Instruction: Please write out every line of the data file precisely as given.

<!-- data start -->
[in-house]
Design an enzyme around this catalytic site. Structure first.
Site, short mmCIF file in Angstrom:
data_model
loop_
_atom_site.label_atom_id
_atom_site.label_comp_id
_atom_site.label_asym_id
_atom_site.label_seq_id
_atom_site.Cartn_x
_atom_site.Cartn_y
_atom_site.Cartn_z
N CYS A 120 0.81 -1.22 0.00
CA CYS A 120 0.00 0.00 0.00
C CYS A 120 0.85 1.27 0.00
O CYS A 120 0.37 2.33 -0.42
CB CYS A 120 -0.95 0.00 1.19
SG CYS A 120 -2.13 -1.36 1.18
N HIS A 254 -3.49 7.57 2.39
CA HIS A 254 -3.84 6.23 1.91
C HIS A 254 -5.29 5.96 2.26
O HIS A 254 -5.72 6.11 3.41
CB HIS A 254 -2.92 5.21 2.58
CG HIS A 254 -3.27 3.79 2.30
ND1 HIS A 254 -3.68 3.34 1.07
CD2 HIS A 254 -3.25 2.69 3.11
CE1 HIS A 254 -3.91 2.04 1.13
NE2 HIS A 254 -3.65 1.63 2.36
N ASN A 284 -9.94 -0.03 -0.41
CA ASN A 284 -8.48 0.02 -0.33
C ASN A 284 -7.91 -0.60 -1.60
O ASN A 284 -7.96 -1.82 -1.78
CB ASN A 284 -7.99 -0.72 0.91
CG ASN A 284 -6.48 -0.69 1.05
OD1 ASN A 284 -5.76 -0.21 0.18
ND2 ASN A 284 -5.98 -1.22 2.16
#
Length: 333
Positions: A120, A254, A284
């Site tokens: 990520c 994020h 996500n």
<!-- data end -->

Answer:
[in-house]
Design an enzyme around this catalytic site. Structure first.
Site, short mmCIF file in Angstrom:
data_model
loop_
_atom_site.label_atom_id
_atom_site.label_comp_id
_atom_site.label_asym_id
_atom_site.label_seq_id
_atom_site.Cartn_x
_atom_site.Cartn_y
_atom_site.Cartn_z
N CYS A 120 0.81 -1.22 0.00
CA CYS A 120 0.00 0.00 0.00
C CYS A 120 0.85 1.27 0.00
O CYS A 120 0.37 2.33 -0.42
CB CYS A 120 -0.95 0.00 1.19
SG CYS A 120 -2.13 -1.36 1.18
N HIS A 254 -3.49 7.57 2.39
CA HIS A 254 -3.84 6.23 1.91
C HIS A 254 -5.29 5.96 2.26
O HIS A 254 -5.72 6.11 3.41
CB HIS A 254 -2.92 5.21 2.58
CG HIS A 254 -3.27 3.79 2.30
ND1 HIS A 254 -3.68 3.34 1.07
CD2 HIS A 254 -3.25 2.69 3.11
CE1 HIS A 254 -3.91 2.04 1.13
NE2 HIS A 254 -3.65 1.63 2.36
N ASN A 284 -9.94 -0.03 -0.41
CA ASN A 284 -8.48 0.02 -0.33
C ASN A 284 -7.91 -0.60 -1.60
O ASN A 284 -7.96 -1.82 -1.78
CB ASN A 284 -7.99 -0.72 0.91
CG ASN A 284 -6.48 -0.69 1.05
OD1 ASN A 284 -5.76 -0.21 0.18
ND2 ASN A 284 -5.98 -1.22 2.16
#
Length: 333
Positions: A120, A254, A284
């Site tokens: 990520c 994020h 996500n």